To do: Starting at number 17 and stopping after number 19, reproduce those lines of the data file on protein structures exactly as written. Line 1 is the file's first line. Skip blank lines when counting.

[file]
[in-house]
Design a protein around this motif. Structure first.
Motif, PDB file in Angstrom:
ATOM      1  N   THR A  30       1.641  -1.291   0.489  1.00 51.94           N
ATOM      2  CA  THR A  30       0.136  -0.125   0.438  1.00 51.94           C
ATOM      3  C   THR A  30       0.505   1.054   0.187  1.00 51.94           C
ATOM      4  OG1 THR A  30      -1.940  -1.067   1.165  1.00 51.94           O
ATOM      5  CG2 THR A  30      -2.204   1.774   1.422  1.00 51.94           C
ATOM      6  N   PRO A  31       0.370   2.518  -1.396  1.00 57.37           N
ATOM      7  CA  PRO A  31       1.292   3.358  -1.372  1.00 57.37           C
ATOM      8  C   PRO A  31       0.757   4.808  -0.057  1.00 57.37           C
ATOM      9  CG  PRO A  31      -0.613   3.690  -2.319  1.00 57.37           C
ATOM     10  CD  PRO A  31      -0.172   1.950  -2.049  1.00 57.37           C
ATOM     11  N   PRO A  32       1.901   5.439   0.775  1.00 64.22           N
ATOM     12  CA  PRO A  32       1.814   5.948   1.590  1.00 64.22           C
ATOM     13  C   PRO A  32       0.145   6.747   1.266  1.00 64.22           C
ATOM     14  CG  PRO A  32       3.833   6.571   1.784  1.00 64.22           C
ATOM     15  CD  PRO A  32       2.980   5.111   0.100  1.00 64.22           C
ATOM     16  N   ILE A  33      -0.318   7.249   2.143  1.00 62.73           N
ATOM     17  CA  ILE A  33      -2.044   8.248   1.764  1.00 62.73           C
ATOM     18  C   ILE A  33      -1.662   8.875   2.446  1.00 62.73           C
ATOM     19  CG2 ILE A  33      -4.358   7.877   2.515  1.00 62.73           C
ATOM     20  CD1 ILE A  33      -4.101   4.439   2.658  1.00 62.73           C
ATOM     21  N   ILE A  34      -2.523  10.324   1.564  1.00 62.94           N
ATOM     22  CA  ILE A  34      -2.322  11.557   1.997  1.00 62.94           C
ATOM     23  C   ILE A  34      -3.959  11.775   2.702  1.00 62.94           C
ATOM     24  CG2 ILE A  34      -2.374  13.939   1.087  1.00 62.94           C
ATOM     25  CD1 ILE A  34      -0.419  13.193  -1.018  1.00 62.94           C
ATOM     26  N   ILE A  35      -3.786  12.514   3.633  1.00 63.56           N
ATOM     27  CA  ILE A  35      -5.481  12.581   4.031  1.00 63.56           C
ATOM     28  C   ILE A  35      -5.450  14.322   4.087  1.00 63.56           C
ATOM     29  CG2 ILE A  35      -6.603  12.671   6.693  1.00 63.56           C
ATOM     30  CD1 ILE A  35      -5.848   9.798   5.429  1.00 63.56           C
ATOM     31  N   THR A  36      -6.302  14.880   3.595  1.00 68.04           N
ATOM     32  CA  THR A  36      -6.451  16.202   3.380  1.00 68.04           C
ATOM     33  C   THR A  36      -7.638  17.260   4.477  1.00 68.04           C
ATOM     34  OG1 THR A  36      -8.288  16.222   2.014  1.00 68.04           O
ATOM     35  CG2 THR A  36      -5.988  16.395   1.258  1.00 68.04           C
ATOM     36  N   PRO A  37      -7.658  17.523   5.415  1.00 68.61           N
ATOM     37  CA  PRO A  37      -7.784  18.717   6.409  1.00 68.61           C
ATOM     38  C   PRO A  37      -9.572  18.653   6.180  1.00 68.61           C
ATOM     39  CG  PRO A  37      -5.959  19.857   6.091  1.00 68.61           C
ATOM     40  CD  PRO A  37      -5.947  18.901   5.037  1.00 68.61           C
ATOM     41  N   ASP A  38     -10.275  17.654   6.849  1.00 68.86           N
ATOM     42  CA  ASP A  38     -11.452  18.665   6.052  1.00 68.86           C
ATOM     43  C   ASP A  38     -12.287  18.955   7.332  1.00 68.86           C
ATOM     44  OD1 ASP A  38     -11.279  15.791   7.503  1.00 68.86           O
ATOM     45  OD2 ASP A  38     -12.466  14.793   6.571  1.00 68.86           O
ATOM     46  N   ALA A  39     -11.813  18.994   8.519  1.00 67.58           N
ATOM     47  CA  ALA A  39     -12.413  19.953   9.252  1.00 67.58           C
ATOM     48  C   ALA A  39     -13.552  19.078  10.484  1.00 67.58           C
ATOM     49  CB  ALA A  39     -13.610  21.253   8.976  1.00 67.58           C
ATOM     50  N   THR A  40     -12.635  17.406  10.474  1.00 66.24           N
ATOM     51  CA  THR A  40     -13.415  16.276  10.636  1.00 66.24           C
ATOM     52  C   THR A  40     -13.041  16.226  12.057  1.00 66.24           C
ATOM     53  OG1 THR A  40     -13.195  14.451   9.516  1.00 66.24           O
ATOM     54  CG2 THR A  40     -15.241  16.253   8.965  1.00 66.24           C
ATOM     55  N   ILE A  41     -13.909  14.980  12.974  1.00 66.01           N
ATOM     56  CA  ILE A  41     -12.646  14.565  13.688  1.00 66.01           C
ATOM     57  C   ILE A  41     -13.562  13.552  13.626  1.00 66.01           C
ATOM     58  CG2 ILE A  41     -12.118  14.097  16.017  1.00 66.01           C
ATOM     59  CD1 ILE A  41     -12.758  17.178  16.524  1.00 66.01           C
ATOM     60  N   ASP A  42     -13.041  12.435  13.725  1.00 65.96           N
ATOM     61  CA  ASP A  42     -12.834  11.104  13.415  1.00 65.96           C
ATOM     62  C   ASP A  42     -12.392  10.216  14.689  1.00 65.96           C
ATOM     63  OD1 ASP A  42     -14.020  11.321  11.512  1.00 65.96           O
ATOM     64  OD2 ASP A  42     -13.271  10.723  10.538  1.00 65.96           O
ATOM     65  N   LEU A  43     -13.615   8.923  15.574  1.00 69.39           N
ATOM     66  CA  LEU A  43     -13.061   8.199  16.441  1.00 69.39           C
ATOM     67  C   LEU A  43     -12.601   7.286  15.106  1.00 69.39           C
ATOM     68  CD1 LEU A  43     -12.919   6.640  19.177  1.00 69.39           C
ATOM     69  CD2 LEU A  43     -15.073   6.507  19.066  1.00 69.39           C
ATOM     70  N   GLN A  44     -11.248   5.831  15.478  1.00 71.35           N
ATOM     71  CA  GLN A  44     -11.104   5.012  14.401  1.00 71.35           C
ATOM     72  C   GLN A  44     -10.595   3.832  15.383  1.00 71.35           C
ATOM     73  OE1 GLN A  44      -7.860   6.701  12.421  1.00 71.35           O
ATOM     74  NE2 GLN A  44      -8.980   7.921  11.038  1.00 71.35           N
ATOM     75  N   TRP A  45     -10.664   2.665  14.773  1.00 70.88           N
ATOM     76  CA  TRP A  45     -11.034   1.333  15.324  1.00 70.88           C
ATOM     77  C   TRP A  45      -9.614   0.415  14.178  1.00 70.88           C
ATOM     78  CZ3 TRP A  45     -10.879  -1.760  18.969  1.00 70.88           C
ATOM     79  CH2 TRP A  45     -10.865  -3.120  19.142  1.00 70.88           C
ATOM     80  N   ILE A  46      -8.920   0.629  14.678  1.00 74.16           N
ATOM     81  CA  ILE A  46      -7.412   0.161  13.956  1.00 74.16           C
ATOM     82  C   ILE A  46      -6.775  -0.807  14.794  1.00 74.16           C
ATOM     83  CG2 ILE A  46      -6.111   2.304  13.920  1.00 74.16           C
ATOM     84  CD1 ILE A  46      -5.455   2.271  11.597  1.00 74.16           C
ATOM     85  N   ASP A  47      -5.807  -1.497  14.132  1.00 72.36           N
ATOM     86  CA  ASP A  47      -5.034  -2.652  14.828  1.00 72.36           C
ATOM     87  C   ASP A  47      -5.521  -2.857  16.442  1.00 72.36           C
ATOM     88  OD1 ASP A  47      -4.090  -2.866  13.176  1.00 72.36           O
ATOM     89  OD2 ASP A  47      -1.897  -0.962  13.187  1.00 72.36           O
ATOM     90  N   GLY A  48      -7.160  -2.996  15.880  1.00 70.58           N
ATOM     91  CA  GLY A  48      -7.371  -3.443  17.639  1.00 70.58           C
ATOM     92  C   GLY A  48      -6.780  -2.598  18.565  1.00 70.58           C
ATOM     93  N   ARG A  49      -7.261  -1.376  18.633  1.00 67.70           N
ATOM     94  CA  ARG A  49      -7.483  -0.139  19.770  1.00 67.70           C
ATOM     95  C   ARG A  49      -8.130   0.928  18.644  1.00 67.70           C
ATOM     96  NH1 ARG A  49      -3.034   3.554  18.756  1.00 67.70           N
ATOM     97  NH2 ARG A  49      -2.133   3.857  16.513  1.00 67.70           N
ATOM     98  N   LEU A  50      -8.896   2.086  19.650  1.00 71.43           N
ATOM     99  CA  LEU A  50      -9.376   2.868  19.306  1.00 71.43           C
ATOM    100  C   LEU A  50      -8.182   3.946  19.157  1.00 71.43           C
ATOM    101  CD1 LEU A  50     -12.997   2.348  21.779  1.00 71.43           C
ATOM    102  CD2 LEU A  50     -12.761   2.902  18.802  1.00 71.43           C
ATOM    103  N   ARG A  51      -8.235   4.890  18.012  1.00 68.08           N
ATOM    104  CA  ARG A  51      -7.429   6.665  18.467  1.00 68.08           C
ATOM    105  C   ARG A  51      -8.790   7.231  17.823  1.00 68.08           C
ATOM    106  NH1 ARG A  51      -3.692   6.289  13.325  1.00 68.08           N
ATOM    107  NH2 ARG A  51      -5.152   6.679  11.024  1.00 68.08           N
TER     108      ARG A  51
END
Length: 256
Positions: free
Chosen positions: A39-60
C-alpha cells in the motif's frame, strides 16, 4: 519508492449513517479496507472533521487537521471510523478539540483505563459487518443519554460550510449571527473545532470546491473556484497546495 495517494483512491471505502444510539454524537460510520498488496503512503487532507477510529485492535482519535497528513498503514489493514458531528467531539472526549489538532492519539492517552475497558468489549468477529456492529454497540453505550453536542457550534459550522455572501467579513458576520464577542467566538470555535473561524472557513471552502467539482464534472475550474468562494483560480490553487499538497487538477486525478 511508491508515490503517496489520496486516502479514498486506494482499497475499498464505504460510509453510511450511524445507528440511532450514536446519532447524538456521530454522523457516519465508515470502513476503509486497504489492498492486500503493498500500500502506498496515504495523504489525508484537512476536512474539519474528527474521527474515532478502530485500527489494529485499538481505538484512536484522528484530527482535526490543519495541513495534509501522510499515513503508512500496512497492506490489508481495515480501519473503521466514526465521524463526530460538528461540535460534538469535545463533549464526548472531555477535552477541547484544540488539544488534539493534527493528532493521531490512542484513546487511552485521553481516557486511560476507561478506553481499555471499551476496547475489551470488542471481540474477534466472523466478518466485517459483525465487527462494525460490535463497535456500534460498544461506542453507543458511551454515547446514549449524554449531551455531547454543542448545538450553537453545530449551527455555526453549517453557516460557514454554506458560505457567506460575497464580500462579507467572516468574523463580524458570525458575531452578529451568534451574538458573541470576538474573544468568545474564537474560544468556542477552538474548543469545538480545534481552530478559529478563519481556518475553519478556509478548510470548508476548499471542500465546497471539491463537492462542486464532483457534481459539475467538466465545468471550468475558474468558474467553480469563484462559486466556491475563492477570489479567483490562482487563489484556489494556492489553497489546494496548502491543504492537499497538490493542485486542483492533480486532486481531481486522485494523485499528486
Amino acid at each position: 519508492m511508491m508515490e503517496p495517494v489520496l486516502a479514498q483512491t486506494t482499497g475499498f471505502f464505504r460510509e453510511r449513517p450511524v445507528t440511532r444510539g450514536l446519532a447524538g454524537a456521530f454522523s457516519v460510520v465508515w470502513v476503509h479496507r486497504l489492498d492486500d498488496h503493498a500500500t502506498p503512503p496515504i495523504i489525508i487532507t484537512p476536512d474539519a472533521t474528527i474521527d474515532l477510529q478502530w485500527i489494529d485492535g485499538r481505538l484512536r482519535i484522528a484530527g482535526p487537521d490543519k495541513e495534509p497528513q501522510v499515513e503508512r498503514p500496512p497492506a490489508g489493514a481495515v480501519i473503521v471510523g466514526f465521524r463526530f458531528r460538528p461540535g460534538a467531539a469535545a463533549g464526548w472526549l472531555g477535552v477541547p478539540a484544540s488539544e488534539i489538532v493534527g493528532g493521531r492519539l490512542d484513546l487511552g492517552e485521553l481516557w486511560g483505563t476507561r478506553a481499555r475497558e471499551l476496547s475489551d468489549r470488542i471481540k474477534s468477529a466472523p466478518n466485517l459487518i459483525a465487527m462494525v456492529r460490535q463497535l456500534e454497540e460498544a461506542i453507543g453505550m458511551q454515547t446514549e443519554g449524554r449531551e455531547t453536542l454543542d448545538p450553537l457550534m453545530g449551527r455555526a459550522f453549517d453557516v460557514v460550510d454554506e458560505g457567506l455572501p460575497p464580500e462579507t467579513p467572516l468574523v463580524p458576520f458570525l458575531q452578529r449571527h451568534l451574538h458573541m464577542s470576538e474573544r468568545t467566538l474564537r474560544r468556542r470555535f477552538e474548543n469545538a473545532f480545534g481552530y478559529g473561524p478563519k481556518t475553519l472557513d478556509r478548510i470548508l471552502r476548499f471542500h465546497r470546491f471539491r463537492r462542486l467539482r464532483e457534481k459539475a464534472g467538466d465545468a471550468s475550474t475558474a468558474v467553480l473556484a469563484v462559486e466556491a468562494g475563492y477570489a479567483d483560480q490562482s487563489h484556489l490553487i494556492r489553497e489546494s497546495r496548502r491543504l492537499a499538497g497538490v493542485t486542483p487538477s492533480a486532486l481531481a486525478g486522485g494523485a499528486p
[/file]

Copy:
ATOM     14  CG  PRO A  32       3.833   6.571   1.784  1.00 64.22           C
ATOM     15  CD  PRO A  32       2.980   5.111   0.100  1.00 64.22           C
ATOM     16  N   ILE A  33      -0.318   7.249   2.143  1.00 62.73           N